You’ve probably heard by now but, this past Saturday, Cory Monteith was found dead in his Vancouver hotel room. An autopsy has shown that the popular Glee star had heroin and alcohol in his system when he died.
Naturally, everyone was shocked by the tragic news. In fact, many were surprised when it was first revealed that Monteith was dealing with substance abuse issues. Apparently, he was so “professional” on set that even his coworkers had no idea.
Then he checked in to rehab.
His co-star and real-life love, Lea Michele, stood by him and it seemed like their relationship was reaching new depths when everything came to an untimely end. They even went on a great beach vacation when he completed his substance abuse program.
What can we learn from this terrible example?
Someone can be experiencing an intense struggle while keeping a smile on their face. In fact, the people who manage to maintain the semblance of a somewhat normal life while they are using or abusing drugs are often the ones most at risk. It’s hard to convince someone that they have a problem when they haven’t lost anything but the dialogue still needs to happen.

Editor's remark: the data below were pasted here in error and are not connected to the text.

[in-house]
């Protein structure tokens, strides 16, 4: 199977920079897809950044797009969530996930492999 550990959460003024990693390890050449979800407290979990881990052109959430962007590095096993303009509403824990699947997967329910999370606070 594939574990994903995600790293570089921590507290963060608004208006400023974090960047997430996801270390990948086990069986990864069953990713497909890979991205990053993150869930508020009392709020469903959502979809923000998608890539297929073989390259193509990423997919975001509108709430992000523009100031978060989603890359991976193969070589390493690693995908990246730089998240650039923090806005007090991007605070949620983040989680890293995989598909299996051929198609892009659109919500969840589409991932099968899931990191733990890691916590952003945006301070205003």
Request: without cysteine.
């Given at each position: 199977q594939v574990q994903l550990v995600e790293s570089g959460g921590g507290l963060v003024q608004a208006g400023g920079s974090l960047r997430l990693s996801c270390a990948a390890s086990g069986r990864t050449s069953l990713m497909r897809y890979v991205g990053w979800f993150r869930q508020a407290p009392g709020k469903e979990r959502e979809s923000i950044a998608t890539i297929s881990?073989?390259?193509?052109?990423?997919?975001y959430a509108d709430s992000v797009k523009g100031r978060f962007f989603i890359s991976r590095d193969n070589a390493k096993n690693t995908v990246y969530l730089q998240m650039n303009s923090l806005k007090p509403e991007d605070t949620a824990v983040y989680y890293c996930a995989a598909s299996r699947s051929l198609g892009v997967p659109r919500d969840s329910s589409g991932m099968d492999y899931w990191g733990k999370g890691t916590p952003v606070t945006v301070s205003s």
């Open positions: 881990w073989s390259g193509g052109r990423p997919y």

Also, there’s a tendency for non-addicts to assume that someone who has gone through rehab is “cured” and that couldn’t be further from the truth. Recovering from addiction is a life-long commitment and takes a lot of hard work.
Conversely, people also think that they need to never bring up drugs or alcohol around an addict because they think it’s going to upset them or make them have a relapse. While it’s not a good idea to suggest hanging out in areas that present unnecessary temptations, making an overly big deal about it just makes things uncomfortable. Be normal , loving and supportive.
Finally, while we don’t know the exact details surrounding Cory Monteith’s death we do know that he was home in Vancouver at the time. Many times, hanging out with old friends can bring out old habits which may or may not be a good thing. For that reason, it’s so important for recovering addicts to distance themselves from any people they associate with destructive patterns and activities. It’s better to be safe than sorry.
We often look at the lives of celebrities with envy but we must always remember that, underneath all of the glitz and glamour, they are susceptible to the same problems as we are.